Opinion: How to future-proof young leaders

Opinion: How to future-proof young leaders

Erin Salisbury, senior project manager for Ketchum’s global research and analytics team and PRmoment’s Young Professional of the Year 2018, presents four top tips to help young leaders get the best out of themselves and their teams.

The communications industry is evolving at lightning speed, and is being impacted by ongoing developments in consumer perceptions and attitudes, changes in technology, and increased access to and use of data.

I recently, and honestly unexpectedly, was named PRmoment’s 2018 Young Professional of the Year. While this is an incredible recognition for me personally, it also shows how the industry is beginning to understand the value and importance of specialists – particularly in the data and analytics field – and how young specialists can drive innovation and smart thinking in the workplace.

On the heels of this award, I wanted to share some advice and learnings from my professional journey. I hope these will help other rising stars across marketing and comms be the kind of employees and young leaders they hope to be.

Get a mentor – or more than one

One of the most useful things I’ve done in my career is to establish relationships with mentors. Luckily, Ketchum has an amazing mentorship scheme where you can choose to be paired with someone in a different location, or to mentor someone more senior than yourself so it’s a true two-way relationship.

As a junior research analyst in Chicago, I was paired with one of our creative partners in San Francisco. Not only has she helped me navigate personal business challenges, such as negotiating for promotions and raises, but she has also been an amazing connection to understand what’s happening and working/not working in another area of our business.

Beyond this, I’ve also learned a lot from those around me. My personal and business achievements are a result of being surrounded by smart, hard-working and dedicated people every day.

Diversify your experience

I started my career as a 19-year-old intern in New York, working on traditional research projects such as survey writing, traditional media analysis and gathering competitive intelligence. Once I was hired full-time in Chicago, I quickly moved into the sphere of digital and social analytics to learn the basics of social listening and digital measurement.

A few years later, I saw and advocated the business case to expand my role internationally, and moved to London to grow the team in the UK – all in the space of three years.

Thanks to these varied experiences, I am prepared to work with data wherever it comes from – which is critical as the access to and use of data continues to increase. It’s also allowed me to think more creatively and strategically about client problems.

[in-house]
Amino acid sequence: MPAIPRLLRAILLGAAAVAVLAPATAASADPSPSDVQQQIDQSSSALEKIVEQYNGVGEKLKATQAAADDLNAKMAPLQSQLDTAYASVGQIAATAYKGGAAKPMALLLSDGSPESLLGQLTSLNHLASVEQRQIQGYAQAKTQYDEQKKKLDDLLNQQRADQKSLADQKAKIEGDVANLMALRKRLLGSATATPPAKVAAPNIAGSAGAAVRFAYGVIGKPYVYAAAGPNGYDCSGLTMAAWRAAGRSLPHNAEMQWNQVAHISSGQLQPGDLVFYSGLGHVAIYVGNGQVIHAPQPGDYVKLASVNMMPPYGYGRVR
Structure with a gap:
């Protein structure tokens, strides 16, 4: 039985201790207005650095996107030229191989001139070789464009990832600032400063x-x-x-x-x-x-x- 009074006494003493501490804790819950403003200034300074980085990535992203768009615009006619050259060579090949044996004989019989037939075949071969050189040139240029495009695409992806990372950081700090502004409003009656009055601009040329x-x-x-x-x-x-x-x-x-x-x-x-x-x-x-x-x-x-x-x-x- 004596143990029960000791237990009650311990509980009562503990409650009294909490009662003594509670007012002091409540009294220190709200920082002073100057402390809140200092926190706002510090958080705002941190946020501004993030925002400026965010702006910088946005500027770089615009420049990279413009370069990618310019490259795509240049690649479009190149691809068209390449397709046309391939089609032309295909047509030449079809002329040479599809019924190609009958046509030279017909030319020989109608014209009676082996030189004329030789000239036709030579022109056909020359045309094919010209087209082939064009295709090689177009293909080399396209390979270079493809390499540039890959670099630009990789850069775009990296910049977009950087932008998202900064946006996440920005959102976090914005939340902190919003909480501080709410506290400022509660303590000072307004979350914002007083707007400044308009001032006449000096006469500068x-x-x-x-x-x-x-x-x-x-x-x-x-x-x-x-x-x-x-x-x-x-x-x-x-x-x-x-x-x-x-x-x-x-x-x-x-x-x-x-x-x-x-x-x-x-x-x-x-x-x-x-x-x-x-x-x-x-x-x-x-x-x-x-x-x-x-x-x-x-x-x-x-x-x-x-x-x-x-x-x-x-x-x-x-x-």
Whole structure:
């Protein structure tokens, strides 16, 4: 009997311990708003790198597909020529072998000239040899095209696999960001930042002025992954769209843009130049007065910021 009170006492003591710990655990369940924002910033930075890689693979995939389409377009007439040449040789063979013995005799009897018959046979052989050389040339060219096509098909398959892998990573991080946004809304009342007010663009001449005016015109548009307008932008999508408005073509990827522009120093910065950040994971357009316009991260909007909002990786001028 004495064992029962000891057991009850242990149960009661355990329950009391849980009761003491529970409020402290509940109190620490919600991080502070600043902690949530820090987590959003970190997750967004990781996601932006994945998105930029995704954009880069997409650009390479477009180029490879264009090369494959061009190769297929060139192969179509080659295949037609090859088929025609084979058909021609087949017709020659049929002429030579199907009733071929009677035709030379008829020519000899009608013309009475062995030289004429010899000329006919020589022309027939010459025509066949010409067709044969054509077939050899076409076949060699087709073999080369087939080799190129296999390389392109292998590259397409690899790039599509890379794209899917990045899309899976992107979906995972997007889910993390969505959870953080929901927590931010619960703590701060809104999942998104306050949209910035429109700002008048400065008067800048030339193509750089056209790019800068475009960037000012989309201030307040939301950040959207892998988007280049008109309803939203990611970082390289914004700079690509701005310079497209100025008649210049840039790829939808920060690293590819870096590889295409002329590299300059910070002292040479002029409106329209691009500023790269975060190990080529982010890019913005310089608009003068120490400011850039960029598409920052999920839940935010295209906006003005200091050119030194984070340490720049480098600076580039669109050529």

Work hard, but also work smart

I used to think staying at work 12 hours a day and taking on as many responsibilities as possible was the only way to demonstrate value. This changed when I received feedback during a review that one of my biggest development areas was delegation.

This was a big lesson for me because I didn’t trust others to do my job “right” and wanted to make sure everything was perfect. In reality, I was missing out on mentoring junior individuals on the team who were also eager to learn. I immediately started delegating projects to the right people, so we could rise as a team and I could take on new responsibilities.

Another aspect of “working smart” is staying abreast of the tools and technologies that can support our everyday jobs. Artificial intelligence, natural language processing and automation are helping us get to the insights we need quicker than ever before – and should be capitalised to maximise efficiency.

Learn the business of the business

In the early years of your career, take every possible opportunity to become ingrained in how your business functions and what goes into the financial admin of keeping it going. Being knowledgeable about running a business efficiently and driving revenue is the most universal skill you can have.

Taking these four steps can help you continue to evolve and adapt to not only stay relevant, but lead in a way that future-proofs yourself, your company and your clients.

Related Posts
Opinion: How challenger agencies can compete with the big agency networks
Barbara Bates, global CEO at Hotwire, highlights the key areas where challenger agencies can go the extra mile to compete with their larger counterparts. For a long time in [...]
60 Seconds with Ketchum
60 Seconds with Ketchum’s Chris Martin
Chris Martin, Ketchum’s recently appointed director of public affairs, discusses his new role, the public affairs landscape and advice to those entering the industry.  [...]
Opinion: How to communicate in the ‘techlash’ age
Amy Drummond, head of technology at AprilSix Proof, discusses the findings of the agency’s latest report into the current backlash against tech companies. The ‘techlash’ [...]
Opinion: Why marketers are investing in micro partnerships
Opinion: Why marketers are investing in micro partnerships
Jill Coomber, co-founder of OneChocolate, explores the findings of the agency’s report into micro partnerships and why marketers now value brand awareness and value, [...]